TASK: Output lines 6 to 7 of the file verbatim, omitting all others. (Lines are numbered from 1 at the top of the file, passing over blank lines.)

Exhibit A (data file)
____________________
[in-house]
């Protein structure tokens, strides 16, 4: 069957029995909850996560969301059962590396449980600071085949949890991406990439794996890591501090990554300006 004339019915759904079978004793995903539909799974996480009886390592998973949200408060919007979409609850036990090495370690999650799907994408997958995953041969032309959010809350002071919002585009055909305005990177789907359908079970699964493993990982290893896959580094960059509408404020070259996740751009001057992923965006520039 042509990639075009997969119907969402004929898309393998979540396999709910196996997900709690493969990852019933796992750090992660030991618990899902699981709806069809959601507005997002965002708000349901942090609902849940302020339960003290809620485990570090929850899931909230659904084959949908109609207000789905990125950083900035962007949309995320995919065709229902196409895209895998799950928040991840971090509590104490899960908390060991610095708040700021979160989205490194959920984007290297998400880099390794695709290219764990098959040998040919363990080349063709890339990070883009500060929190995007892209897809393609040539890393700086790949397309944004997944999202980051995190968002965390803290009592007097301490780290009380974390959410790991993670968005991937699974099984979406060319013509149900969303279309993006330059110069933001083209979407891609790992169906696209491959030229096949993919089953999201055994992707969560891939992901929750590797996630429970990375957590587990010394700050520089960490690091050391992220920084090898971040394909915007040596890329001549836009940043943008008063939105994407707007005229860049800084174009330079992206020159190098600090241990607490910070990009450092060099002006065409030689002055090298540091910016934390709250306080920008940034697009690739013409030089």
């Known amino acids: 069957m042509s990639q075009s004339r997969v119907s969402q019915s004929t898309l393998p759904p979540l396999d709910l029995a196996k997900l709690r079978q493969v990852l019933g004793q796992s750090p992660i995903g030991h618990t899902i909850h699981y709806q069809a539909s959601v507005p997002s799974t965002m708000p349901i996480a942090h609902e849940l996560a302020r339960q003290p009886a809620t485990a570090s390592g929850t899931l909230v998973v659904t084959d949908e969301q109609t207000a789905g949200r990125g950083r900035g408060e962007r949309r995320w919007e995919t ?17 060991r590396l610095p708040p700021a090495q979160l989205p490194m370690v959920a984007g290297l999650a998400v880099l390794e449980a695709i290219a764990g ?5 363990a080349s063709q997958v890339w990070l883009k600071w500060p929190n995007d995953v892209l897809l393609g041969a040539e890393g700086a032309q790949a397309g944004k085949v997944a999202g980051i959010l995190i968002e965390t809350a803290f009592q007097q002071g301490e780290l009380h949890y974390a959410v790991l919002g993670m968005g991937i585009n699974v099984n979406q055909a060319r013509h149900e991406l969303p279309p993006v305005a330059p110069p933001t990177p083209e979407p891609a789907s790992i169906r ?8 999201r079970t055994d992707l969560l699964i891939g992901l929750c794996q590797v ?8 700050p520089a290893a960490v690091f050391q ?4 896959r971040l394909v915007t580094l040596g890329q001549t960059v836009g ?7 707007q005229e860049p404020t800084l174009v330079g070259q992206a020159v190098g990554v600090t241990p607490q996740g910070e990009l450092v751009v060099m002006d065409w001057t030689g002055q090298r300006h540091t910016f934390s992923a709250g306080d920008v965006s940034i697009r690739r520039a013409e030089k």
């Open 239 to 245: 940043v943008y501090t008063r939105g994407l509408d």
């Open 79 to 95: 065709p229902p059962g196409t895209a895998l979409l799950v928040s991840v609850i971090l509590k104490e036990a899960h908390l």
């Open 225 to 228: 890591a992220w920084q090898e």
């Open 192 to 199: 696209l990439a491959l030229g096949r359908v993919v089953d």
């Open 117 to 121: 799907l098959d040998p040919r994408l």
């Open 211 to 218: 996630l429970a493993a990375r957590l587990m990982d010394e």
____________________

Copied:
């Open 225 to 228: 890591a992220w920084q090898e």
């Open 192 to 199: 696209l990439a491959l030229g096949r359908v993919v089953d």